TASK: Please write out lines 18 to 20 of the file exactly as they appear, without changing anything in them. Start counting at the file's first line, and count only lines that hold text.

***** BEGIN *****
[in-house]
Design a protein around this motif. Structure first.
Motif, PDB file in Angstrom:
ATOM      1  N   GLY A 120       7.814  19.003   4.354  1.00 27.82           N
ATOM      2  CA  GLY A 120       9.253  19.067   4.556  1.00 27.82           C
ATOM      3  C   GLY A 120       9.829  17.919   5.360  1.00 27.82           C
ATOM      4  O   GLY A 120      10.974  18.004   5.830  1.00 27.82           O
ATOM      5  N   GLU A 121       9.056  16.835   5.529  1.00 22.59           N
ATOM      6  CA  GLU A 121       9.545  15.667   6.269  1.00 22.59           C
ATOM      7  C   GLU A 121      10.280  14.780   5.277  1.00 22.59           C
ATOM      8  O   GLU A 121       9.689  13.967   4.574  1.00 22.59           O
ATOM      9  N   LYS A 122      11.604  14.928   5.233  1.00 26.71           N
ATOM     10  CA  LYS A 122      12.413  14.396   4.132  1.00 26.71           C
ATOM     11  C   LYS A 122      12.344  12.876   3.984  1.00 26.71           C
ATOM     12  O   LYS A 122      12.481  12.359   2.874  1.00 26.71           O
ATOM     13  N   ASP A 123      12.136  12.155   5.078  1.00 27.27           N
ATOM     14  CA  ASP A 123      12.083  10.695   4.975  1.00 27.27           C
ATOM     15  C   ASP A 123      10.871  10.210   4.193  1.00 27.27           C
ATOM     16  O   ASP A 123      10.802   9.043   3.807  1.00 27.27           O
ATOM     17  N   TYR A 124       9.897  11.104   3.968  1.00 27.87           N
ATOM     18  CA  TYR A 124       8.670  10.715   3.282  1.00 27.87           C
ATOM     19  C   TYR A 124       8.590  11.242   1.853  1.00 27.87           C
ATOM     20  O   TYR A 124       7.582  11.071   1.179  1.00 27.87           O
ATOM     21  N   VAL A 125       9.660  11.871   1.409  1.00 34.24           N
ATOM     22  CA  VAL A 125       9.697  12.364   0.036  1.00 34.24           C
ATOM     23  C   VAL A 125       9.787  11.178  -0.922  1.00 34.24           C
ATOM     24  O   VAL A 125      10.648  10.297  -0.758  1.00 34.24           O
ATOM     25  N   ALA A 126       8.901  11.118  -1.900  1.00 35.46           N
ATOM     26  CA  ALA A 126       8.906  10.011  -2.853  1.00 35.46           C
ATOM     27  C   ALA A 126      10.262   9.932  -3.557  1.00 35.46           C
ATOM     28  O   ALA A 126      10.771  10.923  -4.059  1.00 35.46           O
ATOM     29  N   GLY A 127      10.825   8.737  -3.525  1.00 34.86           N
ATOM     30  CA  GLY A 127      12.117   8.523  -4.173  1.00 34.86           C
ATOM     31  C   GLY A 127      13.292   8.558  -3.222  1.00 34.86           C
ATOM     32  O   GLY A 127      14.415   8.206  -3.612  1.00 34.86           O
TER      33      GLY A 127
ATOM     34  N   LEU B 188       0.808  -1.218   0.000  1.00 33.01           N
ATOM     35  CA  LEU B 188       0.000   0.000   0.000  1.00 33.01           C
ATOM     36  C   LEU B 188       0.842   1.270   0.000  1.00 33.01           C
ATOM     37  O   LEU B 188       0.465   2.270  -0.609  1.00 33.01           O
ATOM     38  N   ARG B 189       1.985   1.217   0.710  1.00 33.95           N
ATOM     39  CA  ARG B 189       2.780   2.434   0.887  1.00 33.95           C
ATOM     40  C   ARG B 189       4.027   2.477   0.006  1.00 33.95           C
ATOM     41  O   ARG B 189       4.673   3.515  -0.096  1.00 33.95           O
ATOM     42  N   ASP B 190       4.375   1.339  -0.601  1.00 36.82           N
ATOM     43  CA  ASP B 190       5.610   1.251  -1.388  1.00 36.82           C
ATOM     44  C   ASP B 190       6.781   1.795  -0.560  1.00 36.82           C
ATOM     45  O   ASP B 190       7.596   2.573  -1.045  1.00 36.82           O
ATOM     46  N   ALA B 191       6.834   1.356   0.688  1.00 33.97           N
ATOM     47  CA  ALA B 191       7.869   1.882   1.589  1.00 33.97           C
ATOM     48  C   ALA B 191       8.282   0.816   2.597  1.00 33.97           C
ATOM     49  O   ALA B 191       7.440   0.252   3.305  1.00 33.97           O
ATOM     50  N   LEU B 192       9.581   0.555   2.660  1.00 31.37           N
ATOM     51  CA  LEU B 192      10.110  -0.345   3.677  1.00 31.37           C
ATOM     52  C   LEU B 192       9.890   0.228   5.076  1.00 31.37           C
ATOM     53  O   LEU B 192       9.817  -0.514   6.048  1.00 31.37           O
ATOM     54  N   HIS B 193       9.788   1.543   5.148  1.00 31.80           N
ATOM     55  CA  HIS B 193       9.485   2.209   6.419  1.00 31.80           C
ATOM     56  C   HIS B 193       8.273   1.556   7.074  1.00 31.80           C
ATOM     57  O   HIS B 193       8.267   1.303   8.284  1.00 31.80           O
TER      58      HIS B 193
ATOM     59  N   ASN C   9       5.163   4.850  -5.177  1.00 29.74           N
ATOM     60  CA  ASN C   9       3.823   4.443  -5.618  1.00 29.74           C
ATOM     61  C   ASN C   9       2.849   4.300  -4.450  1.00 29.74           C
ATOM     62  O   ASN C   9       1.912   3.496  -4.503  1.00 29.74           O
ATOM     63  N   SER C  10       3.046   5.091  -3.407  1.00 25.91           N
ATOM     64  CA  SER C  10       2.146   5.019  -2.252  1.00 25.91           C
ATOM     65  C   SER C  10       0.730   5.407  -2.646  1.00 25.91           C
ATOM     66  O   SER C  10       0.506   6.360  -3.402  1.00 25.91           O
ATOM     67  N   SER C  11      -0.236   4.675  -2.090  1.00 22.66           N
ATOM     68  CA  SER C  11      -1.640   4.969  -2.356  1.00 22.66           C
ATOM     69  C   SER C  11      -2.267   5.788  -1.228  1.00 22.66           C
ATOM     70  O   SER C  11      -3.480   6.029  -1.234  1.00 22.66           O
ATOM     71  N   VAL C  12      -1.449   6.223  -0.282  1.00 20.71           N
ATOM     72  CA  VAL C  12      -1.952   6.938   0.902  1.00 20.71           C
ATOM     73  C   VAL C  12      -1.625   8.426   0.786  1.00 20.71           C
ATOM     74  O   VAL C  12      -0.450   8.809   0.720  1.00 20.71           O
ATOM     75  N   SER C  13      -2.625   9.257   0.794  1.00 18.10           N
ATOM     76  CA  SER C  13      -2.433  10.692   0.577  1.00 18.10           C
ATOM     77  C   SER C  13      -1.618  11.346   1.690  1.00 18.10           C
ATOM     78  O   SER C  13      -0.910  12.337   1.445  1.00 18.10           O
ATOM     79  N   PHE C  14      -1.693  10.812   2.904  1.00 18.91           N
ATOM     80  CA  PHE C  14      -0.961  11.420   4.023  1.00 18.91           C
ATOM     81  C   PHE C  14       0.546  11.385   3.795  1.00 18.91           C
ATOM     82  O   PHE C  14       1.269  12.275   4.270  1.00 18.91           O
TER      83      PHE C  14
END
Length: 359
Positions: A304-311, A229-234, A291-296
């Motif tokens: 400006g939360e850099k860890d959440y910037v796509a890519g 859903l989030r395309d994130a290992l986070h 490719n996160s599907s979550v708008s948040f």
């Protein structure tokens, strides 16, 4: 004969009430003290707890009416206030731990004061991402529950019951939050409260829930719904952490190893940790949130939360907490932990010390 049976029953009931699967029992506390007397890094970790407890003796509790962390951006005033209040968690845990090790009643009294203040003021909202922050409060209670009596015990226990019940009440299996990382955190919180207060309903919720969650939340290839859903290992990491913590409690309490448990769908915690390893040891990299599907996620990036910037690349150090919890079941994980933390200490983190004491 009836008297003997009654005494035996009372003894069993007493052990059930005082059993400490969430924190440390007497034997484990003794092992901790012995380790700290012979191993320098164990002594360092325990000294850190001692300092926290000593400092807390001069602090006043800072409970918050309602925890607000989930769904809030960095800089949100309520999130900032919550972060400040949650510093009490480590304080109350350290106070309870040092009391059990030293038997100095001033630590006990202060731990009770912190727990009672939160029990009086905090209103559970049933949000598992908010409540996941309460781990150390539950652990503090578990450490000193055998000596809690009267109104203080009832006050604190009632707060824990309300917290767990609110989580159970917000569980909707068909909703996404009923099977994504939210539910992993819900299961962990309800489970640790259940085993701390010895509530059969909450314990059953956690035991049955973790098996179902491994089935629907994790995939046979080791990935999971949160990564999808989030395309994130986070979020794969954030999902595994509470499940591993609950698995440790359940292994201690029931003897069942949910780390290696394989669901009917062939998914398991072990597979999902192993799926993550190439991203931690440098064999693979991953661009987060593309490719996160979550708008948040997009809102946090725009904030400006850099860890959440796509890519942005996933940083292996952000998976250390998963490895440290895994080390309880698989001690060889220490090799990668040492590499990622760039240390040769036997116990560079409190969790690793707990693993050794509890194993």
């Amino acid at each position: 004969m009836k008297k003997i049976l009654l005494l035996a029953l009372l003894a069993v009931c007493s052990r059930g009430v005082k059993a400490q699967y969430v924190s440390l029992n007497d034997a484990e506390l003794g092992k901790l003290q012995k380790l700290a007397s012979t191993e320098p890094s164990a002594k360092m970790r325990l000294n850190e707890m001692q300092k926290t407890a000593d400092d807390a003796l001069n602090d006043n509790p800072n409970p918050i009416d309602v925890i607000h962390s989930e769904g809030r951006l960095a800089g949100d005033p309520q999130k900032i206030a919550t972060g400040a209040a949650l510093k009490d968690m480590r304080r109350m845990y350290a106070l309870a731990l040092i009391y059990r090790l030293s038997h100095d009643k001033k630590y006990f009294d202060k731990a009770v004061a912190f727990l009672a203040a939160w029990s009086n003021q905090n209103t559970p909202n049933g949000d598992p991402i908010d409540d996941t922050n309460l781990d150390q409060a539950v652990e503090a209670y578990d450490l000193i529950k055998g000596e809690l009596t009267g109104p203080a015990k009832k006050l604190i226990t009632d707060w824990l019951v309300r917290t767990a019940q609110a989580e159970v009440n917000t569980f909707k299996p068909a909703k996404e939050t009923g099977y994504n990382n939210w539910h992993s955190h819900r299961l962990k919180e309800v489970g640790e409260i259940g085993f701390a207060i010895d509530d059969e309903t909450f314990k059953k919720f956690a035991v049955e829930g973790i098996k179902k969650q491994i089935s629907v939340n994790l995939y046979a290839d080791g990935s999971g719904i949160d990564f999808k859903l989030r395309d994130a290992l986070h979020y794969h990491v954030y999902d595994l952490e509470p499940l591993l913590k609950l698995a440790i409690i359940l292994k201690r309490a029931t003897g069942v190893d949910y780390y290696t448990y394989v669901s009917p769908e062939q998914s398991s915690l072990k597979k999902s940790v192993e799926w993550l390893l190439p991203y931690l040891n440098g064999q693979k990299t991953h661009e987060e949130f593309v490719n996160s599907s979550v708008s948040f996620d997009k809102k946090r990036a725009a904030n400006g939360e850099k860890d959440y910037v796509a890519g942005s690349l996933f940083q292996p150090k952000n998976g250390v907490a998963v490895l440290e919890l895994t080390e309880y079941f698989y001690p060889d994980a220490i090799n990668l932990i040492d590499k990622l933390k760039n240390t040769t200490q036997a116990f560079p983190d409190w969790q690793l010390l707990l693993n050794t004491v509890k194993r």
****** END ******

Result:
ATOM     15  C   ASP A 123      10.871  10.210   4.193  1.00 27.27           C
ATOM     16  O   ASP A 123      10.802   9.043   3.807  1.00 27.27           O
ATOM     17  N   TYR A 124       9.897  11.104   3.968  1.00 27.87           N